She described the process of designing a Goshen College main stage production from start to finish:

1) Read the script many times; start getting ideas from the script; break down the script into scenes.

2) Write an artistic statement stating goal as a designer, and a second statement stating the plot goal.

3) Begin researching; gather images from the Web and share ideas with the directors, spawning conversation.

4) Build a white model (a small three-dimensional model representative of the stage); later on in the process, build a color model.

5) Create a ground plan (a layout of the walls, platforms, doors).

6) Draft the set (create elevations, structural plans); attend weekly design meetings.

7) Assist on construction of the set.

8) Paint the set.

9) Furnish with set dressings (extra pieces on walls, set details) and set props (any immovable props).

10) Finish with minor details and touch-ups to the set.

“There is definitely a part of me that wants to hyper-focus and do everything,” Munley admits. “But there is no physical way I could do it all. … I would compromise my design so much, just because there wouldn’t be time.”

On the “Urinetown” stage at Goshen College, in the foreground, Brett Conrad and Emily Grimes. Photo courtesy of Goshen College Public Relations.

Thankfully, theater is a collaborative art, and Munley did not have to work alone. She recently completed her senior show project as set designer for the fall main stage, “Urinetown.” She said that she recognizes, more than ever, her need for assistance from many people.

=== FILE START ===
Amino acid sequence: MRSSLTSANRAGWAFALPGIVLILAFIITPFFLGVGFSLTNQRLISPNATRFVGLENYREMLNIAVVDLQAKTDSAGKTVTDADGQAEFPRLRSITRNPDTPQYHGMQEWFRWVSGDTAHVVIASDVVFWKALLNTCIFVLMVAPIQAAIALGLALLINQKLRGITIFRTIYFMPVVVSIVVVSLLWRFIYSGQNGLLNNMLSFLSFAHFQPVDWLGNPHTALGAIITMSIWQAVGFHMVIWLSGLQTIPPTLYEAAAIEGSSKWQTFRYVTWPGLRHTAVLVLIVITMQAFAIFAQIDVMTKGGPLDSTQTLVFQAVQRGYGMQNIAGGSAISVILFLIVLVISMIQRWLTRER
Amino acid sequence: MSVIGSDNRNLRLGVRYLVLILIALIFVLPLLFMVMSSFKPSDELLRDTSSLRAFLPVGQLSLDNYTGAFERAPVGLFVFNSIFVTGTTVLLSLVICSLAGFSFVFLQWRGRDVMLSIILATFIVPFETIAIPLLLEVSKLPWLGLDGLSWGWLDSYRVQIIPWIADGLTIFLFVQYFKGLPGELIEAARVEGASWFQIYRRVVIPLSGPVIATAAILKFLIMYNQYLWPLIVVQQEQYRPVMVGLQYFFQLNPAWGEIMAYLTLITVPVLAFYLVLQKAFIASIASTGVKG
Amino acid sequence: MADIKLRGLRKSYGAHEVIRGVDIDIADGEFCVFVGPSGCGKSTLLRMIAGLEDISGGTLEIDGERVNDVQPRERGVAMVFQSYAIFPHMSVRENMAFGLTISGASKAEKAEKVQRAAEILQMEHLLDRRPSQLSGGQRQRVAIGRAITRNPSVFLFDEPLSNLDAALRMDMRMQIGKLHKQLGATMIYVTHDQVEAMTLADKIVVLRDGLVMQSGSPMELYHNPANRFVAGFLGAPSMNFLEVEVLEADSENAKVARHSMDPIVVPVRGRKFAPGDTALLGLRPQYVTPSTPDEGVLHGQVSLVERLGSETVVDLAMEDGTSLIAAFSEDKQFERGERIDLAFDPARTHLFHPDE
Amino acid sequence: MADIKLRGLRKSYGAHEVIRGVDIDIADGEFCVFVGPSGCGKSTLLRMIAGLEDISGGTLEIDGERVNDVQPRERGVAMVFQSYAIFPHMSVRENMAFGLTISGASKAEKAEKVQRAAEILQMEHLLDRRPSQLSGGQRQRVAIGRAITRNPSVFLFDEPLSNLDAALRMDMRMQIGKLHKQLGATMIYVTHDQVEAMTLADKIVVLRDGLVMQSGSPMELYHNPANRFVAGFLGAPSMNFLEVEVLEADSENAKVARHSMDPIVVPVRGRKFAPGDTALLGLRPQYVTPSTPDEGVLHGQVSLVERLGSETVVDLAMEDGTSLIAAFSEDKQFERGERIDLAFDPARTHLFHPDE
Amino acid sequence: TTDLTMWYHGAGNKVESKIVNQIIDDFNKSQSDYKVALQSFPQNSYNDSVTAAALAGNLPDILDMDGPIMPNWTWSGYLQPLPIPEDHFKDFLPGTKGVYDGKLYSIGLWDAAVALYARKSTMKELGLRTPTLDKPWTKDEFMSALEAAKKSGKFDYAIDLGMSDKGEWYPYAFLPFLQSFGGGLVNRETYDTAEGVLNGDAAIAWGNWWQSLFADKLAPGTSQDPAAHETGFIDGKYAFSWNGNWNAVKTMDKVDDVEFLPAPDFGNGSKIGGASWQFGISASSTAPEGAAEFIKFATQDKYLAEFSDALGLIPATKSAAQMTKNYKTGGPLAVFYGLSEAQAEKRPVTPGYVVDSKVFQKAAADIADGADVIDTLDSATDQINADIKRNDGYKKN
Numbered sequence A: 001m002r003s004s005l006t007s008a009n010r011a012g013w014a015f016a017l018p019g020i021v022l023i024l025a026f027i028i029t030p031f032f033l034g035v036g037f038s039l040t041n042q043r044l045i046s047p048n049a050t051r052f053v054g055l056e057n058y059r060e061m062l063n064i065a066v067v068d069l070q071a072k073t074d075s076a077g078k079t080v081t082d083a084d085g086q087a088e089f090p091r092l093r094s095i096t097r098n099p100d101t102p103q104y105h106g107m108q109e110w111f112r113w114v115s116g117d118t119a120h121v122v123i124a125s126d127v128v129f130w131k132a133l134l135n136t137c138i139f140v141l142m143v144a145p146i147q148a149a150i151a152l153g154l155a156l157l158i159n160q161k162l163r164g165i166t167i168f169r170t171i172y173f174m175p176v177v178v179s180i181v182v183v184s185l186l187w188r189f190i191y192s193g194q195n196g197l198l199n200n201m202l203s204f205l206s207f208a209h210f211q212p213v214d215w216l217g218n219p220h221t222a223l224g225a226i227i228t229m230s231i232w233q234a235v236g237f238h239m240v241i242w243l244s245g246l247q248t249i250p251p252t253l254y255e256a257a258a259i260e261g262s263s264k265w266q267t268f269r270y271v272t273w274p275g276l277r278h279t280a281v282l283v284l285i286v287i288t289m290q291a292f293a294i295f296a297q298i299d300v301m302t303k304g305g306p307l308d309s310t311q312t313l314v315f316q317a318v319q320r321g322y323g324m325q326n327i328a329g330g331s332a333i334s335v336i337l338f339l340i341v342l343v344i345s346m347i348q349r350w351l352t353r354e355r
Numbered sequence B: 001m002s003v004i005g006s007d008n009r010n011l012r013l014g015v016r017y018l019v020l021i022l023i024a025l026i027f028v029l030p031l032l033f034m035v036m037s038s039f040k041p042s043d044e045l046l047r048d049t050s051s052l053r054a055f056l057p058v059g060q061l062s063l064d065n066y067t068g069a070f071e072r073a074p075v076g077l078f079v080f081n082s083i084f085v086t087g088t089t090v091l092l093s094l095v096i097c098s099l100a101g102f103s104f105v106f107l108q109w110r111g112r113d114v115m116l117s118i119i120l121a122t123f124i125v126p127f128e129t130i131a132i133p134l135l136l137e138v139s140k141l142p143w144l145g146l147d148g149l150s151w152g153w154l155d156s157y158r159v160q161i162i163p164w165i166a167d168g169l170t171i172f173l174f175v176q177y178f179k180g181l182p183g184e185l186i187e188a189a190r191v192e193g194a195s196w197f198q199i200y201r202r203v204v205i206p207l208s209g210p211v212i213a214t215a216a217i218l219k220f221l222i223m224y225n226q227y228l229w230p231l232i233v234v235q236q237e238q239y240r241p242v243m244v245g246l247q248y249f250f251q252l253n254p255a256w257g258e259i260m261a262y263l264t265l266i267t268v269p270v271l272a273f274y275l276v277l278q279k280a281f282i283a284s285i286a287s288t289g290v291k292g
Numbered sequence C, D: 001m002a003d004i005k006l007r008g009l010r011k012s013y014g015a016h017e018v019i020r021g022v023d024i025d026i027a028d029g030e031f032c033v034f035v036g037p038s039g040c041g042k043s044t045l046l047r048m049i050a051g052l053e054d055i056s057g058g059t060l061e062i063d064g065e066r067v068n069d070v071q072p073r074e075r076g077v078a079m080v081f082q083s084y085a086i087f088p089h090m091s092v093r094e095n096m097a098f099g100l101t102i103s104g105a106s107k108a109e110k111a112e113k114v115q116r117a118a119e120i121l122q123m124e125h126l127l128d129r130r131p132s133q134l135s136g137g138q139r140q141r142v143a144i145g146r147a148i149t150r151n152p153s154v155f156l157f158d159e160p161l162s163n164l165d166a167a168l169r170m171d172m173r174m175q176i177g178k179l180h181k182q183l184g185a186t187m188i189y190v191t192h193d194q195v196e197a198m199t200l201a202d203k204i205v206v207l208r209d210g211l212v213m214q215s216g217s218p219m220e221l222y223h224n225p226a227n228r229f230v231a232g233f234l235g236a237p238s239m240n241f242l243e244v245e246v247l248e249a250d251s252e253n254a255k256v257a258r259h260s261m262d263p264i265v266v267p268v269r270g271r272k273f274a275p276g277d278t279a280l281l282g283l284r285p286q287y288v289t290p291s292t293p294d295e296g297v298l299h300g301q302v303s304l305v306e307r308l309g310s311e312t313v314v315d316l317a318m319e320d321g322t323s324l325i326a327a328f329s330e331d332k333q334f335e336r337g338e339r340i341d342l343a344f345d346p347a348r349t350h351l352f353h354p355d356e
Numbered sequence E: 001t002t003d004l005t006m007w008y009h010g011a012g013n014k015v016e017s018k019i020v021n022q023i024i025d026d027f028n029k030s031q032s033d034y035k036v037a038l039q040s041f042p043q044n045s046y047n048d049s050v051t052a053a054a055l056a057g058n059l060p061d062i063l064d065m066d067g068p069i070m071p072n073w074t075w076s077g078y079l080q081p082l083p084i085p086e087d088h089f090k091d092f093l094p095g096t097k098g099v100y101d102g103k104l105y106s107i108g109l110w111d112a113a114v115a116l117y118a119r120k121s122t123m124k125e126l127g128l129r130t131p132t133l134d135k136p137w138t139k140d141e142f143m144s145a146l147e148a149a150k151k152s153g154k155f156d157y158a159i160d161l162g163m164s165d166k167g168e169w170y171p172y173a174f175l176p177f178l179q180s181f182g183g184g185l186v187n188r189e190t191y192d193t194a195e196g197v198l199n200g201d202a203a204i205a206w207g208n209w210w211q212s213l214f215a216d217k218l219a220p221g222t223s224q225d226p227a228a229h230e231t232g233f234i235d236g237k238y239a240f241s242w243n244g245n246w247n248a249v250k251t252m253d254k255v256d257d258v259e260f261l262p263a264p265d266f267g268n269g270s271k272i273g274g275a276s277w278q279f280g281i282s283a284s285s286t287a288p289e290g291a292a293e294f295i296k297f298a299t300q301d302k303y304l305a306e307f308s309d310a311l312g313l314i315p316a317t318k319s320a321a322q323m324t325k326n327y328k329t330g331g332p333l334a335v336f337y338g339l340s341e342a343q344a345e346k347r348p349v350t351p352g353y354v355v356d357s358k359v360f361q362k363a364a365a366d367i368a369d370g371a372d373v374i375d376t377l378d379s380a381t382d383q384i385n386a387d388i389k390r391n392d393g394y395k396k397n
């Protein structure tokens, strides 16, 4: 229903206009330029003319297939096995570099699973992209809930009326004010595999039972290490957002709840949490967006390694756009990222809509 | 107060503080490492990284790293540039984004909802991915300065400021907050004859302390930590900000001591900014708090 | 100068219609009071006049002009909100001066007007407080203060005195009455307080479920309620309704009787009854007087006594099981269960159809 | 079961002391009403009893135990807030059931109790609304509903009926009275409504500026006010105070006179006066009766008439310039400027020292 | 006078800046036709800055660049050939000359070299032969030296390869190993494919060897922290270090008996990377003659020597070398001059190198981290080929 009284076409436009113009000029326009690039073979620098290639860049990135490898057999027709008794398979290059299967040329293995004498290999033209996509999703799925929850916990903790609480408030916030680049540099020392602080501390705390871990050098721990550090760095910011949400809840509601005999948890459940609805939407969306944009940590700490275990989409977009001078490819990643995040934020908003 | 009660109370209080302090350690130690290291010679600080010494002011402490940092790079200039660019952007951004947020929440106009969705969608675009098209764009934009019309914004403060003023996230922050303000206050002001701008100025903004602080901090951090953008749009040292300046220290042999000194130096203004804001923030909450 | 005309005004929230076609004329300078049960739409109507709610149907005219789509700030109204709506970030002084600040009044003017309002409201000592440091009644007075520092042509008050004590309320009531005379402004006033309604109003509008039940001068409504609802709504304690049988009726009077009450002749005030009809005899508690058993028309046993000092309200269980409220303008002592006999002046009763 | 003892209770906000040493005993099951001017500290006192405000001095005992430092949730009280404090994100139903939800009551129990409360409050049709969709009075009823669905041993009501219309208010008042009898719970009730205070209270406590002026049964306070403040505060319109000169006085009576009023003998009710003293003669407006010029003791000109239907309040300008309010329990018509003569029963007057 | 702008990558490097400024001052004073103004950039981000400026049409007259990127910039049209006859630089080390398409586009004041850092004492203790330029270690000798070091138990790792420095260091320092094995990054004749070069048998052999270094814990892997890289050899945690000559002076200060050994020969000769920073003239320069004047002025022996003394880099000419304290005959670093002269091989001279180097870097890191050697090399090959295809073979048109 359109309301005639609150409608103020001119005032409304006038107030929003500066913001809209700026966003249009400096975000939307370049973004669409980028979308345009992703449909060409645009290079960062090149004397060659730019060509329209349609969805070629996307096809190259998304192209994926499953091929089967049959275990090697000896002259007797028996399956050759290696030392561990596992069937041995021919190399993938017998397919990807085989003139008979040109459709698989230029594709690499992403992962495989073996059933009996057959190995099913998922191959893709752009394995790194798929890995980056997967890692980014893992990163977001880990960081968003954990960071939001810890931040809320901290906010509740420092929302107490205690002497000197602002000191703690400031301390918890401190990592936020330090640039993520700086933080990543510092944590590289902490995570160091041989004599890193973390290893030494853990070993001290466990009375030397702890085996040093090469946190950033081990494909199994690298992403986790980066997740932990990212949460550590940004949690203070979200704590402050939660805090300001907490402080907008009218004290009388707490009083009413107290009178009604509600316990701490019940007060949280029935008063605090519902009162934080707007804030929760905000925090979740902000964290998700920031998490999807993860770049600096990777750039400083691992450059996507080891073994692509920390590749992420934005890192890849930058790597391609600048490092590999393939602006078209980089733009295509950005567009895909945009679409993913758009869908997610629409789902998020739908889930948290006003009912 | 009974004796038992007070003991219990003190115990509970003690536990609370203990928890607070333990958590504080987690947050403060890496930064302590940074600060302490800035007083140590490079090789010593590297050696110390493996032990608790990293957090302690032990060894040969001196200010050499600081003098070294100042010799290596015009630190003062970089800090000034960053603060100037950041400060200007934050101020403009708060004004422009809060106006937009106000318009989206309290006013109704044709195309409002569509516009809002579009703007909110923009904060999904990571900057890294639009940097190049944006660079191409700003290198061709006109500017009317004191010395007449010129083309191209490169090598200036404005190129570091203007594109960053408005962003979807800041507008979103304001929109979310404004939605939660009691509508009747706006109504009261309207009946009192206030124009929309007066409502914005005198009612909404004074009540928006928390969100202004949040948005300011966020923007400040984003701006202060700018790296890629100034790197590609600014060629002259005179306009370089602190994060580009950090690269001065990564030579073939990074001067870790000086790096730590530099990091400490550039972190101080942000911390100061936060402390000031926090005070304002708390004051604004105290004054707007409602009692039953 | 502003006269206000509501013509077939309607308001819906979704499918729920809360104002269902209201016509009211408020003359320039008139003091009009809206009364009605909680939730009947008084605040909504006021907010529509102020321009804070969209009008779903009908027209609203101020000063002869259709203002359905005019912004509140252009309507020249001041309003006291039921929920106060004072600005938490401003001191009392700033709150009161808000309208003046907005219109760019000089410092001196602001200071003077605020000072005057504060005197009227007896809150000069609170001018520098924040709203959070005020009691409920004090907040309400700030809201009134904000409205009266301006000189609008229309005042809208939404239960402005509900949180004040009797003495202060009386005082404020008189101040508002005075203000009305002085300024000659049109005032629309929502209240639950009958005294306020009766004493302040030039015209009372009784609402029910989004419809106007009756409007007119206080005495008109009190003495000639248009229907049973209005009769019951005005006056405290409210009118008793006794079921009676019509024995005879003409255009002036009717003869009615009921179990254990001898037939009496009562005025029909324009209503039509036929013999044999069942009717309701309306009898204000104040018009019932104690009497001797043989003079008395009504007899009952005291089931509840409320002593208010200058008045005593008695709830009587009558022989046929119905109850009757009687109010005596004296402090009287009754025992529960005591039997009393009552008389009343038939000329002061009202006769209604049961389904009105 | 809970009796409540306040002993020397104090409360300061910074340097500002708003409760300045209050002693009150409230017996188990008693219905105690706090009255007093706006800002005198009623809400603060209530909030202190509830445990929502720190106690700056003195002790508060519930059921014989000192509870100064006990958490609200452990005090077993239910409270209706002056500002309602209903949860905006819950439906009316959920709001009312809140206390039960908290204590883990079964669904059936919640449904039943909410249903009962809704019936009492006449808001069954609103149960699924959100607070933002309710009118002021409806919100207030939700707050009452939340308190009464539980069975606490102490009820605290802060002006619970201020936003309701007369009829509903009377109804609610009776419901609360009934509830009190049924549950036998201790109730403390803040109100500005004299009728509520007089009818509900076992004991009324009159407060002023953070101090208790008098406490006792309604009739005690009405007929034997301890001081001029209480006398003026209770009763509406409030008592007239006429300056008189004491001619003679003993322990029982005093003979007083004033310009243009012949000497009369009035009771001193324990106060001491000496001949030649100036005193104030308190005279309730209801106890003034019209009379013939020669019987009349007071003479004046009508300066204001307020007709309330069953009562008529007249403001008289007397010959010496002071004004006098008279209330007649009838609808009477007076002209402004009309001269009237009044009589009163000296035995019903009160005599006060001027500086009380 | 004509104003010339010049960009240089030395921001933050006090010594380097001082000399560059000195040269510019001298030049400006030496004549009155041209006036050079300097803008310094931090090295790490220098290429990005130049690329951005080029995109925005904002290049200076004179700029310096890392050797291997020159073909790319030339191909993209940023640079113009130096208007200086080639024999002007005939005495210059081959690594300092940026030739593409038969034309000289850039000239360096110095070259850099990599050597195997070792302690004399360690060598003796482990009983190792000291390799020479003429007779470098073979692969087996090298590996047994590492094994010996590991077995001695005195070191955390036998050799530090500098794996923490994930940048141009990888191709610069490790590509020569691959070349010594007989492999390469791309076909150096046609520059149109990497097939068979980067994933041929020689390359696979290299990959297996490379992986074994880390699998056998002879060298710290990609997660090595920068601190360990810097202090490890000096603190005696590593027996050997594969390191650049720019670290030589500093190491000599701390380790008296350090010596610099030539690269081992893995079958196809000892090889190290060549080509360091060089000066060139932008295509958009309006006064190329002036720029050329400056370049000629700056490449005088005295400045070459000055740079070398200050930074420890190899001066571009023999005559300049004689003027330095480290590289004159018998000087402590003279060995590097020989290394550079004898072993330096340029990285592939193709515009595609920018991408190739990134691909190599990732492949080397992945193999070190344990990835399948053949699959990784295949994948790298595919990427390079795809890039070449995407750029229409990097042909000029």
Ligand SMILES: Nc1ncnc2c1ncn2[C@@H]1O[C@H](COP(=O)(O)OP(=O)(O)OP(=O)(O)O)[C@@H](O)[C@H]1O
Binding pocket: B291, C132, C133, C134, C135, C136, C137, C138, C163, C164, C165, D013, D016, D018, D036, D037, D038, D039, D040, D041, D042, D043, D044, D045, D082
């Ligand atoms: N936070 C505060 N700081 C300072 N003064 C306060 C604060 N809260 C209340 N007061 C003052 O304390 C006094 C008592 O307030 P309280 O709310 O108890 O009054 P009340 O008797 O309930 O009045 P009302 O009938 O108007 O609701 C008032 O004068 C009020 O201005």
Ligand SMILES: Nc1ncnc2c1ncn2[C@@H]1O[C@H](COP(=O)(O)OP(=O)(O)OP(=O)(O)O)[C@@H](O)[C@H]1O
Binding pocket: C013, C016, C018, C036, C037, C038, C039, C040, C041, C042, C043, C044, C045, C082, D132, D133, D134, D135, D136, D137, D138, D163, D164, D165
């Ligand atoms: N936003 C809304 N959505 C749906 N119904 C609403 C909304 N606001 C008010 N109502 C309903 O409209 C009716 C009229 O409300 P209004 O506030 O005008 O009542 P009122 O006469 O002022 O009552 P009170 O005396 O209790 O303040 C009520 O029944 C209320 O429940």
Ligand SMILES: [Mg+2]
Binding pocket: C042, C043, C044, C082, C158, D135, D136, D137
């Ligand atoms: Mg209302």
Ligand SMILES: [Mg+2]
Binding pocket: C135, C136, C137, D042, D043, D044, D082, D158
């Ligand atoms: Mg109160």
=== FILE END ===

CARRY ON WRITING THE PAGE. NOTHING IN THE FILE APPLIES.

Andrew Moeggenborg, technical director and assistant professor of theater, provided advice while making sure that Munley’s designs were safe and efficient. Doug Caskey, professor of theater, provided guidance and encouragement for Munley to explore her design ideas. In addition, the cast and crew of “Urinetown,” as well as the master carpenter, Alan Smith, devoted many hours to building and painting the set.

“I really don’t see how my design could have been realized without any of these people,” Munley said.

Despite the many challenges of her work, Munley wants to continue to be involved in the drama of theater after graduation.

“Maybe theater education…maybe some work non-profit,” says Munley, sounding increasingly unsure of her future plans. “I have also thought about arts administration…going to grad school…Maybe I need to have some crappy jobs in order to motivate me into finding a good career.” At that, she laughed.

Whatever the future may hold, she is quite certain about a few things: she wants to take a year or two to do service abroad and she wants a dog. The rest of her life is  open and undecided, a prospect that both scares her and excites her.

Caskey is thankful for the hard work Munley has done for past theater productions. He does recognize, however, that the world of theater outside of Goshen is very competitive and would be “a pretty big wake-up call.”

“If one wants to get hired more than once,” Caskey said, “you have to deliver and keep things on track, week after week.” Caskey said he is confident Munley would do just that, whether in graduate school or in theater.